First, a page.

Somehow along the way, in a slow and gradual manner like the movement of glaciers or evolution, the word "dreadfully" became a staple in the verbal language Elise and I use to communicate.
Despite it's dreadful sound, and despite the fact that it is synonymous with several other awful and frighfully appalling words, the word has no negative connotations for us.
Paul: (to Elise) "Would you like to go for a run and stop at Starbucks after?"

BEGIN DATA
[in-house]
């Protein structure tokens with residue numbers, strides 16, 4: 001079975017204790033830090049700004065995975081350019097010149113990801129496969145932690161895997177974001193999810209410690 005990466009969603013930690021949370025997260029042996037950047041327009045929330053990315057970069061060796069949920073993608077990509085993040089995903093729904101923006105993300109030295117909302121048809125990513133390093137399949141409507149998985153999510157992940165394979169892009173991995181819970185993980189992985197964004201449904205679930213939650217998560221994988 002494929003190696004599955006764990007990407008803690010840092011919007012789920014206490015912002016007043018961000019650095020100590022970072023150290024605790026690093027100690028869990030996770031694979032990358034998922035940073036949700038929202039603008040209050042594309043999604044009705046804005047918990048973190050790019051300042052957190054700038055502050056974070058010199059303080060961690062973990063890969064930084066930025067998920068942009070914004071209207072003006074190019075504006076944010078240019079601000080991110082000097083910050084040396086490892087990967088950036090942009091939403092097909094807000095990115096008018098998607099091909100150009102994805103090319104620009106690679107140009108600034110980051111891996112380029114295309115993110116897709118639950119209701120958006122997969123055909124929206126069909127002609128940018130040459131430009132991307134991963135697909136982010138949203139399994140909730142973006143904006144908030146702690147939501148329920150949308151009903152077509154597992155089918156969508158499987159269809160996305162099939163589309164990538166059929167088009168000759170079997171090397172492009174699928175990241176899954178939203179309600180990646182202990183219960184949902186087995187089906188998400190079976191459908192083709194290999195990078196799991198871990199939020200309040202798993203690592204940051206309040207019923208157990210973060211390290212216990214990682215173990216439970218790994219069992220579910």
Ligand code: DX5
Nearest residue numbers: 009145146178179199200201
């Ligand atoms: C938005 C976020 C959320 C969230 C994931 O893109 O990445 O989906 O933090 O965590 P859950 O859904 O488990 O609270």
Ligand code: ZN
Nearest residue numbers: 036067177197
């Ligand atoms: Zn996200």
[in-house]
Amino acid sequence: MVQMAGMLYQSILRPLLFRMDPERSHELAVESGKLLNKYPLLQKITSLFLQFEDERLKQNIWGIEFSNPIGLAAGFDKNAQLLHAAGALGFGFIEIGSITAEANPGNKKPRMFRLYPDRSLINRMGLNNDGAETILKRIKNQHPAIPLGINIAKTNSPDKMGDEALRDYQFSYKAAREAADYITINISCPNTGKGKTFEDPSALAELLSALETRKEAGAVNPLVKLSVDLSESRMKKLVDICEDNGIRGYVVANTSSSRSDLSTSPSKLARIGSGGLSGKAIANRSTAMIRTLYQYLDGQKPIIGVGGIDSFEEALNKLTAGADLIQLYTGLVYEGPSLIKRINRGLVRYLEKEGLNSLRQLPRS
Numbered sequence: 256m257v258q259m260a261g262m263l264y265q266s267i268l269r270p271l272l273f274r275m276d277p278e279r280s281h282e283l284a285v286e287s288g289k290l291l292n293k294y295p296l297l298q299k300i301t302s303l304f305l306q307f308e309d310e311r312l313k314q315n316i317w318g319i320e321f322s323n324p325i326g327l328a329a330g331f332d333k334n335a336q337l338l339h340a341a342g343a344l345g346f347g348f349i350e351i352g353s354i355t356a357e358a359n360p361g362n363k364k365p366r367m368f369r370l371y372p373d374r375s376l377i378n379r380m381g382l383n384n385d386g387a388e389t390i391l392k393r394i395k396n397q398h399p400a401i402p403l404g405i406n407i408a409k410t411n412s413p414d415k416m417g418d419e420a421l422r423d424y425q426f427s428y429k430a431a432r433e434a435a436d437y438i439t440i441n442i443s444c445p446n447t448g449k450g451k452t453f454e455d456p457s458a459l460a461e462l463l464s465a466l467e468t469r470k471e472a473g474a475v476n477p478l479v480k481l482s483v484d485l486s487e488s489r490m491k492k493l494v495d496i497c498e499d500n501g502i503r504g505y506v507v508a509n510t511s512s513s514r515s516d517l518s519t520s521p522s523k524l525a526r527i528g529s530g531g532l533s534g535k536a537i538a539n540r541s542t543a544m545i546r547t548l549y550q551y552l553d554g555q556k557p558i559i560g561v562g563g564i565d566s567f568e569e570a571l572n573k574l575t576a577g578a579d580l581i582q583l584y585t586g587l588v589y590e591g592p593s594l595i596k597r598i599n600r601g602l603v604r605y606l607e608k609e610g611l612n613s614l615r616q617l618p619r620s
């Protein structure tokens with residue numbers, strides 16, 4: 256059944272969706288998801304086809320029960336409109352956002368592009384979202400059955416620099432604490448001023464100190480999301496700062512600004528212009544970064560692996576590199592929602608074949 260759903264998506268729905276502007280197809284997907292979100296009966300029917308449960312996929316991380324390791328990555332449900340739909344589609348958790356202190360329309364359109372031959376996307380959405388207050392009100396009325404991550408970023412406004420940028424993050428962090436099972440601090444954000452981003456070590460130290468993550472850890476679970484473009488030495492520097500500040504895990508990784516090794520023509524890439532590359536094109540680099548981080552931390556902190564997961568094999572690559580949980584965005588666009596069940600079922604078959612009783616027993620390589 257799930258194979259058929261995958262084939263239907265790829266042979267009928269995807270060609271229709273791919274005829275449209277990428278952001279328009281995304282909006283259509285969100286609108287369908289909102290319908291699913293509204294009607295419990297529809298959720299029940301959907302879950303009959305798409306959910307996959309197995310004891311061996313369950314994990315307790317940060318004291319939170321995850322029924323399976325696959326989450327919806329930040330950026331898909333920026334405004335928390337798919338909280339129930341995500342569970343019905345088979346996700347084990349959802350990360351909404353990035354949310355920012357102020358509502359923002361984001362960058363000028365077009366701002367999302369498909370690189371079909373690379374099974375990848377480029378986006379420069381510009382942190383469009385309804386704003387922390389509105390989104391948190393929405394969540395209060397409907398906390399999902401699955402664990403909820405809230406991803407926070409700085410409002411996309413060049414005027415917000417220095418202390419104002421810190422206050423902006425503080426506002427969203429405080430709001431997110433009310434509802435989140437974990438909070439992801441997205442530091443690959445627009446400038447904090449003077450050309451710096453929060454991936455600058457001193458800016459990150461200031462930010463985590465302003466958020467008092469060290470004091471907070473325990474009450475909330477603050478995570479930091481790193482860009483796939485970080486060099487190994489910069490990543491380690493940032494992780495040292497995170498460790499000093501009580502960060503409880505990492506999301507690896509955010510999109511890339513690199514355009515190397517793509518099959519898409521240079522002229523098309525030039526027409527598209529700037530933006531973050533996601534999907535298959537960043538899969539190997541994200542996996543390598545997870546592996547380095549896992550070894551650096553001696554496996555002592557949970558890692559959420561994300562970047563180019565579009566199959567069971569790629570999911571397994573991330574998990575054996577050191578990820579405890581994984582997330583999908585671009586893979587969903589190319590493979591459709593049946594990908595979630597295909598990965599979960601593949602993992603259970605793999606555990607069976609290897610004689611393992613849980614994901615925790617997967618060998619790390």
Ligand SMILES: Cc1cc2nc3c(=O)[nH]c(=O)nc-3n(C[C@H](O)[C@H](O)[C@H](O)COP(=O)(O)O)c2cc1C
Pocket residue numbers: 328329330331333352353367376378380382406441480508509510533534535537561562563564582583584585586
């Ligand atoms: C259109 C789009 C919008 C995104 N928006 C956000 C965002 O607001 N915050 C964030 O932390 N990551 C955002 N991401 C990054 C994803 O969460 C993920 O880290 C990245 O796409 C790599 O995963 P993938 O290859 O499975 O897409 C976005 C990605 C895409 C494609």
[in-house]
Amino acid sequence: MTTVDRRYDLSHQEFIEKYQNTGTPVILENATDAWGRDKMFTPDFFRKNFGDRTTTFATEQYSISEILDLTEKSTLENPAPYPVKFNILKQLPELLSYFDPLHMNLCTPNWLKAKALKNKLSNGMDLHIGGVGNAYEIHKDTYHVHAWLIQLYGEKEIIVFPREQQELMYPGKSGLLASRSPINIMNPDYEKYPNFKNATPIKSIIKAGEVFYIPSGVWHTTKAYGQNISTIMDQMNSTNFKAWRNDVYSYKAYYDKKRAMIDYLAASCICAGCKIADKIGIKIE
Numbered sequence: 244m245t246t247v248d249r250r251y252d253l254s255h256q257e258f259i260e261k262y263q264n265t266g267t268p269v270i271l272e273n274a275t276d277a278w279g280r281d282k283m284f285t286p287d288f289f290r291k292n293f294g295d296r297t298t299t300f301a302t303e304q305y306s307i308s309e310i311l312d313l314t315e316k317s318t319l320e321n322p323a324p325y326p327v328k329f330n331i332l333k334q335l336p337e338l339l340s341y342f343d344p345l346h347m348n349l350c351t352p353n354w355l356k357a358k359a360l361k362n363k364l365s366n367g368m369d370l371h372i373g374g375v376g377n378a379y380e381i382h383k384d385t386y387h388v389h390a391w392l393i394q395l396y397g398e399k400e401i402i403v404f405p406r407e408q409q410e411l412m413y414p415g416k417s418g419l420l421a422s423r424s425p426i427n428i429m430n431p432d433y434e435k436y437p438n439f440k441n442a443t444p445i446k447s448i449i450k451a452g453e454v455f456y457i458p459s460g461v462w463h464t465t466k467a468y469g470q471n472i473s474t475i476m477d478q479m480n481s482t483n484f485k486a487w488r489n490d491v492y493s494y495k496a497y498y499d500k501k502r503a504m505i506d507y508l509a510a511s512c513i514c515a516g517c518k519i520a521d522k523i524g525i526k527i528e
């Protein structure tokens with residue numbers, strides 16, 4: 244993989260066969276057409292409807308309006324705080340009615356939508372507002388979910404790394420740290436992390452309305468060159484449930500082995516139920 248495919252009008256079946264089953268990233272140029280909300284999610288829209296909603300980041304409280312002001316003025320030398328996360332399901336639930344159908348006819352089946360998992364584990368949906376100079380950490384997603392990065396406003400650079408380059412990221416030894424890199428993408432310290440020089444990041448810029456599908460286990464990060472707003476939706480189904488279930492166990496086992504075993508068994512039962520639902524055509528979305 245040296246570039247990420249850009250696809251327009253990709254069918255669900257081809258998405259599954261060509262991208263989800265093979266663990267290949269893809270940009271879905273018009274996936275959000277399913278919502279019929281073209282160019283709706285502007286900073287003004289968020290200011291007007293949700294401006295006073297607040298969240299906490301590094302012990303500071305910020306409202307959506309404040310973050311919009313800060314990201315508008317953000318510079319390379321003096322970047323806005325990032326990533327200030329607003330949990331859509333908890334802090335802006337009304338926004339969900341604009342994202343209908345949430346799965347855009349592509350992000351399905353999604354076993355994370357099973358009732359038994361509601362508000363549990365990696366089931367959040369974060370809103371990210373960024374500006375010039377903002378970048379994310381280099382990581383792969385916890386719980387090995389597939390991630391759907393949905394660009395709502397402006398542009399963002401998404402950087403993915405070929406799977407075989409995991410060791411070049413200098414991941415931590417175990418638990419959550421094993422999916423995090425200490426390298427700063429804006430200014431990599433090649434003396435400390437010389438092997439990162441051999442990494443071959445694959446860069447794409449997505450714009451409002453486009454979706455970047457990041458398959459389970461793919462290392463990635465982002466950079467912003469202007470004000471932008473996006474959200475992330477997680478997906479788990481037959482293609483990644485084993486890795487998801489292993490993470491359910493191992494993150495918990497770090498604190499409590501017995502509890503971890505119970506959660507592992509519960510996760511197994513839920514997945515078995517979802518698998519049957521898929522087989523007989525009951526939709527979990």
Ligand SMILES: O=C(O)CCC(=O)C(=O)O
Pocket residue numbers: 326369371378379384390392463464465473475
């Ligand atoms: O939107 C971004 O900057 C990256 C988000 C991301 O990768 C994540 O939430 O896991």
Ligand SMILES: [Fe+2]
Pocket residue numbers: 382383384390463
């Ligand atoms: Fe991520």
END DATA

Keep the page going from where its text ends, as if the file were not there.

Elise: (in response) "Dreadfully."
Of course, Elise is meaning to say that she very much wants to go for a run and not that the thought of a run then coffee at Starbucks sounds awful or frightful.
See, there is a big difference between "dreadfully" and "that would be dreadful", and in our world, things are often done dreadfully that are never dreadful.